The Growth of Protestantism in Brazil and Its Impact on Male Earnings, 1970-2000.
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Protestantism has expanded rapidly in Brazil in recent decades. The question we tackle in this paper is whether Protestantism has had a positive influence on male earnings in this setting, either through its influence on health and productivity, by way of social networks or employer favor and reduced discrimination, or through other mechanisms. We tackle the problem of the selectivity of religious conversion and affiliation using microdata from the Brazilian censuses of 1970, 1980, 1991, and 2000, and analyzing the association between Protestantism and earnings at the group rather than the individual level. Our results show a strong association between the proportion of Protestants in a region, and the earnings of men in one educational group: those with less than five years of education. Upon introducing race into our models, we found that the association between religion and the earnings of less educated men is concentrated in regions in which there is a substantial non-white population. The relationships we have uncovered contribute to the literature on racial inequality and discrimination in Brazil, which to date has given little space to the role of religion in moderating the pernicious effect of race on economic outcomes in Brazil. The substantial association we found between religion and earnings contrasts with much of the research that has been carried out on the influence of religion on earnings in the United States.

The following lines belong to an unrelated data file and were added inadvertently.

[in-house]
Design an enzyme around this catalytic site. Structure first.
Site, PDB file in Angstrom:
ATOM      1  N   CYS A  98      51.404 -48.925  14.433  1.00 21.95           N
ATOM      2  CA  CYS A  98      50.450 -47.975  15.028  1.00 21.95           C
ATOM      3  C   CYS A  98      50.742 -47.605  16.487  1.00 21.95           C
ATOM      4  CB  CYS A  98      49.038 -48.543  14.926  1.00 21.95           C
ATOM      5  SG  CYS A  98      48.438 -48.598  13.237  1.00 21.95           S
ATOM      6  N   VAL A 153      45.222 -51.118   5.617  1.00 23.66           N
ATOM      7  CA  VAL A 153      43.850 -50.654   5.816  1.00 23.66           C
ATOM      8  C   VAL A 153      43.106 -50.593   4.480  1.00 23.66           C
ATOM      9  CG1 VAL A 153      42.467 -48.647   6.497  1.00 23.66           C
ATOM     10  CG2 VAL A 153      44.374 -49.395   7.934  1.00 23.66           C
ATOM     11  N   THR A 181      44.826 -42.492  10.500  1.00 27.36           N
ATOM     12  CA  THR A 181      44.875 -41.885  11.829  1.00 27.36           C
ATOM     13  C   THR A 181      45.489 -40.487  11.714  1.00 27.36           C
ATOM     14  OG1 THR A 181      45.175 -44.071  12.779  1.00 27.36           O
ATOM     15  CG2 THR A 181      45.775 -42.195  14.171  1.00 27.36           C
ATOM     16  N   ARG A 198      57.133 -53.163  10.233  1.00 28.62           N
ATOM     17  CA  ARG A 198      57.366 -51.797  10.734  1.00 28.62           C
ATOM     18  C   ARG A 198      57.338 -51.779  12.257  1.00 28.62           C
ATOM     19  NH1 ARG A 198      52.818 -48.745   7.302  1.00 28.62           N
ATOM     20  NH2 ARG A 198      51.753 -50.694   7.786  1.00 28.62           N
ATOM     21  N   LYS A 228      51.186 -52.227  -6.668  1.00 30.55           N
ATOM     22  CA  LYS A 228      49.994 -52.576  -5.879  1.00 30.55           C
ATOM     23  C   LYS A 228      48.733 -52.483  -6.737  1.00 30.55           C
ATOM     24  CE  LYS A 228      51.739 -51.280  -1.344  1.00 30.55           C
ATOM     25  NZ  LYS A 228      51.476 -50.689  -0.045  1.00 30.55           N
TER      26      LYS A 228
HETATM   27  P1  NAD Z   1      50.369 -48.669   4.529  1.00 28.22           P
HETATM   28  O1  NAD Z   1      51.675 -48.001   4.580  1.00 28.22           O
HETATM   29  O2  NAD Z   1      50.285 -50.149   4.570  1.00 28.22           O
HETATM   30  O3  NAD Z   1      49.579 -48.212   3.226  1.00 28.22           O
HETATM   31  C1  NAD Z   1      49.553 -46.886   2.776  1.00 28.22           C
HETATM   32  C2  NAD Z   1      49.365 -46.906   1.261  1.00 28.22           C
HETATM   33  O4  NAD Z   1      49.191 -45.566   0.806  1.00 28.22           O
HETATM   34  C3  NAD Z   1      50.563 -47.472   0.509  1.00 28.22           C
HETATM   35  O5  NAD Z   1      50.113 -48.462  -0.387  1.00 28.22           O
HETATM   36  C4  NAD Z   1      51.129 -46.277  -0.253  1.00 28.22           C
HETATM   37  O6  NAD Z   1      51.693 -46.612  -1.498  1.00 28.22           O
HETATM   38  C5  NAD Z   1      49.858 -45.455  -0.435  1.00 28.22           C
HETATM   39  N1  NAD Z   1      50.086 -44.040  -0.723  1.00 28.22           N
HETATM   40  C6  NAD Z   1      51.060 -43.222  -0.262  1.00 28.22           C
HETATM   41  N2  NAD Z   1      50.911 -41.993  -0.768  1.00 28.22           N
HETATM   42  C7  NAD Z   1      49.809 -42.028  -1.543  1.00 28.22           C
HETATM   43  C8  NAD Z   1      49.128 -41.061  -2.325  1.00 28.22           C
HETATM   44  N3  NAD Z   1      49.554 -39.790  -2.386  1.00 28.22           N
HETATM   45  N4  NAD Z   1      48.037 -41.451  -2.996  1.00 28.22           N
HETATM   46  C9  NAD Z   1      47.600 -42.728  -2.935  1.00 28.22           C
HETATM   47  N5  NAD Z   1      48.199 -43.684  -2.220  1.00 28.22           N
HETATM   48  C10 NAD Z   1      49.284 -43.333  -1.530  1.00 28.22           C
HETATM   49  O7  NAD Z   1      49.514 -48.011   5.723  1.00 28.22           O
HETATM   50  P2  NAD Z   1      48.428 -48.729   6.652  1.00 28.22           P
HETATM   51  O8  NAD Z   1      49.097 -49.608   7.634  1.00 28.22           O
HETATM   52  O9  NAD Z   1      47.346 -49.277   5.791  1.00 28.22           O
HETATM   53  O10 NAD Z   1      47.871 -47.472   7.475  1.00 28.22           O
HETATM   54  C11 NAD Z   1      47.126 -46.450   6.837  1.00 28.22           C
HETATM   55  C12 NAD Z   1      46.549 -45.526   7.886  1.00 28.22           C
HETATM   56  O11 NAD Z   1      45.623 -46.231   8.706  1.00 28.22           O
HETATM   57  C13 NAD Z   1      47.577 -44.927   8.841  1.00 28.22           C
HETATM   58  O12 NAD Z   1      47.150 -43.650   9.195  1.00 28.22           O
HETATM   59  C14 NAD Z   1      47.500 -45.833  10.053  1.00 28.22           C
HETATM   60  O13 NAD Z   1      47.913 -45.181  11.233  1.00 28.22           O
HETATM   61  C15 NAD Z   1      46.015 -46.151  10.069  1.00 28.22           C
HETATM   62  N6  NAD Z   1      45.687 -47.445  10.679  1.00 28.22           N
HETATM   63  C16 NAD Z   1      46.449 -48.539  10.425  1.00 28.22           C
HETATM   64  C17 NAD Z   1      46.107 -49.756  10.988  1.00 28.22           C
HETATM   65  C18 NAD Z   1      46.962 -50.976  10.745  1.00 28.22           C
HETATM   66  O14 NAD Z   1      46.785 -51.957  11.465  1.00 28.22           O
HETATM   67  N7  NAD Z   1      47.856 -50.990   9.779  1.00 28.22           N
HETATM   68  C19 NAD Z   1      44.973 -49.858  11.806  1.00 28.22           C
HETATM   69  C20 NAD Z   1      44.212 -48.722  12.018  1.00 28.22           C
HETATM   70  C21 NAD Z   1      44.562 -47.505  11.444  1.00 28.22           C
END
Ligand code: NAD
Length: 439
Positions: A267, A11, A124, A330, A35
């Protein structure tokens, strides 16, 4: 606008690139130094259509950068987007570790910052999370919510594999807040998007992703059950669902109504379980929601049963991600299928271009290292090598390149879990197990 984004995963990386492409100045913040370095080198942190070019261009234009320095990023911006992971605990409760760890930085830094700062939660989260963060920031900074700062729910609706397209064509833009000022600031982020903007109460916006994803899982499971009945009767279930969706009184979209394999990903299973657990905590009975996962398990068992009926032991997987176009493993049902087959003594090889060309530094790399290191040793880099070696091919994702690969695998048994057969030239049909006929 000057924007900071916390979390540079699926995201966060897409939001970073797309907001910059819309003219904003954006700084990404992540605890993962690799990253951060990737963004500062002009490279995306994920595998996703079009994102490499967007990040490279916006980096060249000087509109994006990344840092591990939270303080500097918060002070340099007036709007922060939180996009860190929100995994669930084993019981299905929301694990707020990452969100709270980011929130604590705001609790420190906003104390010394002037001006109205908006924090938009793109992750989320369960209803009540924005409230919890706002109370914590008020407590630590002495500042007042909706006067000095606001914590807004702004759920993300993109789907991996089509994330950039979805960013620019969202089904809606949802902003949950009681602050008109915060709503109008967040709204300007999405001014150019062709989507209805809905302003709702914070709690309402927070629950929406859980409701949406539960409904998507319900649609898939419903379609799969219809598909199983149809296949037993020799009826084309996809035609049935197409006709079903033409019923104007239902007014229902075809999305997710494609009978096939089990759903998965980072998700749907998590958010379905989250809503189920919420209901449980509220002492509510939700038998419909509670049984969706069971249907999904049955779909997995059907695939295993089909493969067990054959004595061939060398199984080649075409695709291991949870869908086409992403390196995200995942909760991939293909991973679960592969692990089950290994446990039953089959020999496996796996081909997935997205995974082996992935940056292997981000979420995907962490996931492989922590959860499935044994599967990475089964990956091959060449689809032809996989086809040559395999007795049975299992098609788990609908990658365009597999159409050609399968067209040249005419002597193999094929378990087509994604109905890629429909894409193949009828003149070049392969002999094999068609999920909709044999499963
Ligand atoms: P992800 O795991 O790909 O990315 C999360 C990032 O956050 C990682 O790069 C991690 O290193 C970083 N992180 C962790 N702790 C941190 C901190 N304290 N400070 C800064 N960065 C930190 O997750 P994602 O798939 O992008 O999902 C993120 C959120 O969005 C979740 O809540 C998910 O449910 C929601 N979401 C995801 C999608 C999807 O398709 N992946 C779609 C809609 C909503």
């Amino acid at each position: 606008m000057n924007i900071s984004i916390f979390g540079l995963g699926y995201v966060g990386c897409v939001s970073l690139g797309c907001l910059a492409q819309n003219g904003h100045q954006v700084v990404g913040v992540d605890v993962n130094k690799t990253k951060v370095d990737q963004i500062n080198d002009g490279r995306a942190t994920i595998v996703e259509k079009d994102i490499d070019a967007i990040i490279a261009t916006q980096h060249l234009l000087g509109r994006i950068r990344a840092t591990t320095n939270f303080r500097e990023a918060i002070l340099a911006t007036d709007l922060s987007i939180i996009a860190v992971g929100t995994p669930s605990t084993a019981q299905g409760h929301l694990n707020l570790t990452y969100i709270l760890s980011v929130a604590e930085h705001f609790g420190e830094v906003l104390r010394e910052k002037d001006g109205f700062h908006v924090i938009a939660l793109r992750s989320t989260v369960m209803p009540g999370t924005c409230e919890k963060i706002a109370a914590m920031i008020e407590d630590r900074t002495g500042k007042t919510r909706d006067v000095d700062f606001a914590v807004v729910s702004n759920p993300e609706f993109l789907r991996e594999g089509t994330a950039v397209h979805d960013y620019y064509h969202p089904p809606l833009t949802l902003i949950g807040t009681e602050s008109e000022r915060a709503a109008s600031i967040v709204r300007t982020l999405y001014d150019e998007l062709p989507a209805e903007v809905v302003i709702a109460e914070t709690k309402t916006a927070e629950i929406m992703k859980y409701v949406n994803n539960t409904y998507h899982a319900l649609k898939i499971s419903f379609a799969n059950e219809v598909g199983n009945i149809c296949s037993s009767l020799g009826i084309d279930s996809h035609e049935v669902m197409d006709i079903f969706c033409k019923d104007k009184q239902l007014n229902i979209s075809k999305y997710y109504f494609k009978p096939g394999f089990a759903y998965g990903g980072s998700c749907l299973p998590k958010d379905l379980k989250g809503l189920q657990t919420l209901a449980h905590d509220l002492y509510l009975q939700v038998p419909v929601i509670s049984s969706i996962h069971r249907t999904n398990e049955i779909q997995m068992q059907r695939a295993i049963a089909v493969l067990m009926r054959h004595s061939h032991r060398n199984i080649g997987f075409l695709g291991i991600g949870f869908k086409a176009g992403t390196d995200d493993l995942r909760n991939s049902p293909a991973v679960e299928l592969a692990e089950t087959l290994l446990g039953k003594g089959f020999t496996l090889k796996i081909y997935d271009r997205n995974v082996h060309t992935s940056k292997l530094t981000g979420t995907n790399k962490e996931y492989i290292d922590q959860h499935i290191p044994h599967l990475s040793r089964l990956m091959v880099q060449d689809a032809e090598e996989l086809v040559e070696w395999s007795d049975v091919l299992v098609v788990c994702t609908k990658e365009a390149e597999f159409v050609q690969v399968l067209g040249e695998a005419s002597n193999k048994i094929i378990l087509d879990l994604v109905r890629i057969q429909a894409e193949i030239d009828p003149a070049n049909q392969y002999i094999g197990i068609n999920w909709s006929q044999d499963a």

author list (cited authors)
Potter, J. E., Amaral, E., & Woodberry, R. D.